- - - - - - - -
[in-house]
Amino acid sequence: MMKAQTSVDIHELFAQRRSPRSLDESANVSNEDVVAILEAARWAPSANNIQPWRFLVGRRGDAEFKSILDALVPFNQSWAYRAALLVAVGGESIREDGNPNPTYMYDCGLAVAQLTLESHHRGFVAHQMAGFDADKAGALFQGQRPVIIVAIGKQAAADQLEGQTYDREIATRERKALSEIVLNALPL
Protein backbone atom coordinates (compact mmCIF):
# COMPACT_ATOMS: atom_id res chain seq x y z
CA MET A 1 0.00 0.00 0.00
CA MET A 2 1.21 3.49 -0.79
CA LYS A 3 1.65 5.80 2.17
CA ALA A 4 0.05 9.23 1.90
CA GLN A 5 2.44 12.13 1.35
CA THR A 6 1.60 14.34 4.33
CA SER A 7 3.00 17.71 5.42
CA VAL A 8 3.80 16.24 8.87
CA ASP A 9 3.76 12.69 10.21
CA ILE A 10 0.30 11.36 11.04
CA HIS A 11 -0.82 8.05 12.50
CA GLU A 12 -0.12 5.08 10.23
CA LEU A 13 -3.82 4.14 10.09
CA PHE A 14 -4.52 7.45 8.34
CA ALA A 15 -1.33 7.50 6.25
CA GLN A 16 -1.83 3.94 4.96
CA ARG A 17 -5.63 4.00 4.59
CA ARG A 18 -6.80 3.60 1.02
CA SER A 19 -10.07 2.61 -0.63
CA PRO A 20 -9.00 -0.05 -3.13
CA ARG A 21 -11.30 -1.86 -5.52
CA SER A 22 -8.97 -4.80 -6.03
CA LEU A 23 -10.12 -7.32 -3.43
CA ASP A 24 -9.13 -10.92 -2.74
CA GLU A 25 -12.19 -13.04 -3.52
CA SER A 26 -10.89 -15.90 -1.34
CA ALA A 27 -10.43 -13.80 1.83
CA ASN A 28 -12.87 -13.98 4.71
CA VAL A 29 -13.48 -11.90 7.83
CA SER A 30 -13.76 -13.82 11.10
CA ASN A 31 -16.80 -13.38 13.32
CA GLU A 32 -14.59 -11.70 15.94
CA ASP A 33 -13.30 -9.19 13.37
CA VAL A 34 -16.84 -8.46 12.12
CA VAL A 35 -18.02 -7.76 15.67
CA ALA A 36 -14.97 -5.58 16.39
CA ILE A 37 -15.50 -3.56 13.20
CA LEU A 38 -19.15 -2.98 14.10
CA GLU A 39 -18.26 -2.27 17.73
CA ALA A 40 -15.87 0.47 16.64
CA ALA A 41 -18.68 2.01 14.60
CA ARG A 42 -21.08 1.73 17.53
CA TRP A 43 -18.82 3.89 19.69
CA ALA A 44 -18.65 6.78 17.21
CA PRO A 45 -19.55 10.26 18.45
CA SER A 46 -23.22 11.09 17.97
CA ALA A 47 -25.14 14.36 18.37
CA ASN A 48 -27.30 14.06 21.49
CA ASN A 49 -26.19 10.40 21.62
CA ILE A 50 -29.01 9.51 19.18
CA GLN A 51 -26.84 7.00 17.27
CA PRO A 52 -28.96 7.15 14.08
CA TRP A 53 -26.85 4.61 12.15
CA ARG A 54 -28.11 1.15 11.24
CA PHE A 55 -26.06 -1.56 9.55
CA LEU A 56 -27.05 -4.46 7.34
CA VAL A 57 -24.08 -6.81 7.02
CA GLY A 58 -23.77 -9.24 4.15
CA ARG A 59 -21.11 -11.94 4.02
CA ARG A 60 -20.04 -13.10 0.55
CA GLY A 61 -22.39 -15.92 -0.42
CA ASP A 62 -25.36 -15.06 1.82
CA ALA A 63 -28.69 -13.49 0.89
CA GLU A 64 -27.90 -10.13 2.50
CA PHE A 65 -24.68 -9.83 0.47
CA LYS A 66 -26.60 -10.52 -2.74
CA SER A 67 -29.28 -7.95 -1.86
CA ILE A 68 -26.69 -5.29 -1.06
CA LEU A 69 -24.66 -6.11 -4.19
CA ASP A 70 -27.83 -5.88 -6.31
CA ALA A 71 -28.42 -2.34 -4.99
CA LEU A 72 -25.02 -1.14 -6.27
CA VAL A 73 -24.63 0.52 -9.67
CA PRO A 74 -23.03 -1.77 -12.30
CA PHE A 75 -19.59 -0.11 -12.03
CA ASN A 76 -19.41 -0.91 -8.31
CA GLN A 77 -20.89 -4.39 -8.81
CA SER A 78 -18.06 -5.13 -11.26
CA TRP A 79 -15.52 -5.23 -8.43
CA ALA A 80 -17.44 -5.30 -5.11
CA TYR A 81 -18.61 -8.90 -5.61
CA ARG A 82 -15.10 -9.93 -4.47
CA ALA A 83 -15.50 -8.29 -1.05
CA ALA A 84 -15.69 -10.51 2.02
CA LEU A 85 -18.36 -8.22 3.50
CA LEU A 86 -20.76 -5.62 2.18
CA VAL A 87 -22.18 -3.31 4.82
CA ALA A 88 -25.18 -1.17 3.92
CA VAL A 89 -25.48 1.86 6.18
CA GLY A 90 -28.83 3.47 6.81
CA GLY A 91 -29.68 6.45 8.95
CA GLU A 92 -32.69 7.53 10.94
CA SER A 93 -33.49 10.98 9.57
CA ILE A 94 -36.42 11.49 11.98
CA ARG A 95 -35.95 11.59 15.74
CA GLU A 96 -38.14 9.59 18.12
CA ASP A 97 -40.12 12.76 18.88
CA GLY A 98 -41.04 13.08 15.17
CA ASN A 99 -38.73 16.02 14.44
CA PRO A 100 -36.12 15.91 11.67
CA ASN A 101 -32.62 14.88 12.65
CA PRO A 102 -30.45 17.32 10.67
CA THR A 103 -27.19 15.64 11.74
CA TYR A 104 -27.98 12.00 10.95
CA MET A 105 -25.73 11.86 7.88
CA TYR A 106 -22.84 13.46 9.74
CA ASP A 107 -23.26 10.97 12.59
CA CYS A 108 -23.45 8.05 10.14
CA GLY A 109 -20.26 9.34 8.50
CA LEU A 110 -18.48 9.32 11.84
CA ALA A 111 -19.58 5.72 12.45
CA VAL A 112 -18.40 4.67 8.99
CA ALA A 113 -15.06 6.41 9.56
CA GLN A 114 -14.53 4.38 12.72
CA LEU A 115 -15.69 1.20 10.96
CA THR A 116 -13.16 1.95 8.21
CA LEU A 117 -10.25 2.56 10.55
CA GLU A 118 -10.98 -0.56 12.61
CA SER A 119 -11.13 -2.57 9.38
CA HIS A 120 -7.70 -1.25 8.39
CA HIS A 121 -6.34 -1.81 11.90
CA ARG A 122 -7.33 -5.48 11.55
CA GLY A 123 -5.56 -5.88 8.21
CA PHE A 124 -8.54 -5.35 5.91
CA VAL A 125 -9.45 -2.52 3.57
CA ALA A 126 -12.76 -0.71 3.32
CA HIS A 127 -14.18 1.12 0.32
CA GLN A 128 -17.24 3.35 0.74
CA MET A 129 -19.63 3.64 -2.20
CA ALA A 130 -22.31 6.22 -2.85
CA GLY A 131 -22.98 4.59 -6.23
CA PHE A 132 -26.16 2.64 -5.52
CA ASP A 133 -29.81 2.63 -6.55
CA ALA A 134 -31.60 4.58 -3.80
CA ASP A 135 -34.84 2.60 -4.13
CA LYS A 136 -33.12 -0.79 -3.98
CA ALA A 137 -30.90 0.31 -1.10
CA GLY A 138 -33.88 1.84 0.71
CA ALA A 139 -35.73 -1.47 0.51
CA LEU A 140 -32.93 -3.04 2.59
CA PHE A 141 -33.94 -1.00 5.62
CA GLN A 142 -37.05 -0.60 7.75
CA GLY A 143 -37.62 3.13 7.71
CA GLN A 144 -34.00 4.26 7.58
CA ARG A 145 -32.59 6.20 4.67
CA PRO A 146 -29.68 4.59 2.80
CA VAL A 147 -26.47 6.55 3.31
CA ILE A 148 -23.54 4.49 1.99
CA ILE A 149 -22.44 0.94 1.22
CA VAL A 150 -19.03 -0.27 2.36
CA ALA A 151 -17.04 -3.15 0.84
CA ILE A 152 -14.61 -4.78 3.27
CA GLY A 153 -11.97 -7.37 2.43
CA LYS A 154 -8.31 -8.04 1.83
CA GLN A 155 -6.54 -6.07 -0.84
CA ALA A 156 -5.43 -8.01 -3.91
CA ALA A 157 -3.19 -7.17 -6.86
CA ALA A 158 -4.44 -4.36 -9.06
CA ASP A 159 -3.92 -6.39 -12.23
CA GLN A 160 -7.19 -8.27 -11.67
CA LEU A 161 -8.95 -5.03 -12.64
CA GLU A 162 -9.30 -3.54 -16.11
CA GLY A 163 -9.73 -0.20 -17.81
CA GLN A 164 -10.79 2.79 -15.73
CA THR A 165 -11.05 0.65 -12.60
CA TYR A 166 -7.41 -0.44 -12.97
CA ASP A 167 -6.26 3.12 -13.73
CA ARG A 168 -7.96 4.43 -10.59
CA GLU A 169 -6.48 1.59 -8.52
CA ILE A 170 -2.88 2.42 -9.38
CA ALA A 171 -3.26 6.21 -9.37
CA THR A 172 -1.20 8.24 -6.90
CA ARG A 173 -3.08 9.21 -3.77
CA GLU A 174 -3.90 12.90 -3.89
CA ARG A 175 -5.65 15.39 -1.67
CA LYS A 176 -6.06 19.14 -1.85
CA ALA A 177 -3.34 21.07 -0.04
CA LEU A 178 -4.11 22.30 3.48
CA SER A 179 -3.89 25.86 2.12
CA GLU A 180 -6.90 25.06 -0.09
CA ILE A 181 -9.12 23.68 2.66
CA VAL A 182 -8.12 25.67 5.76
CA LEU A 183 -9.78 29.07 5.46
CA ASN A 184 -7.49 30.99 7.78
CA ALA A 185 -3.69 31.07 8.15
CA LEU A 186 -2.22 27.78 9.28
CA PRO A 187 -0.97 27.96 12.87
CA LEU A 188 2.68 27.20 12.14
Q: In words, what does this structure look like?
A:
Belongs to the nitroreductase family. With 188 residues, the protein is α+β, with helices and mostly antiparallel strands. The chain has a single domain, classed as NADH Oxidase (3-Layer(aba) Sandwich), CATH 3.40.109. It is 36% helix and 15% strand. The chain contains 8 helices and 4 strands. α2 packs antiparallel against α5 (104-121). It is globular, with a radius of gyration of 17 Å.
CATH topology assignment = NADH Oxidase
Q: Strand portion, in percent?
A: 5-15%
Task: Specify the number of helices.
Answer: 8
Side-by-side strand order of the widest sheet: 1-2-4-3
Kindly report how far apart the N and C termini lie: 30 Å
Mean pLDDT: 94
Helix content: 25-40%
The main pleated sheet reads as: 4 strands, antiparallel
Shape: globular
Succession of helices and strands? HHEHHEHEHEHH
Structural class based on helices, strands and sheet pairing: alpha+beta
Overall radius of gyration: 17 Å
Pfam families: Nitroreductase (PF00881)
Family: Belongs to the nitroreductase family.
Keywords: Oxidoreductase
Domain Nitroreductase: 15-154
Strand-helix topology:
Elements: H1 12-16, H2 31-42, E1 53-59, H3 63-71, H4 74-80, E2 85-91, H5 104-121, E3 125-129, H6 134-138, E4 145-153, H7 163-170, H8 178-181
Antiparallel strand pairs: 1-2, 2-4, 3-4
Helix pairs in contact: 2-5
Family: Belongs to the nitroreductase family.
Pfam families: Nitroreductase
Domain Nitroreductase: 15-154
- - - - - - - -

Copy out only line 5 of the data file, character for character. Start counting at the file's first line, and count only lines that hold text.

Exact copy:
CA MET A 1 0.00 0.00 0.00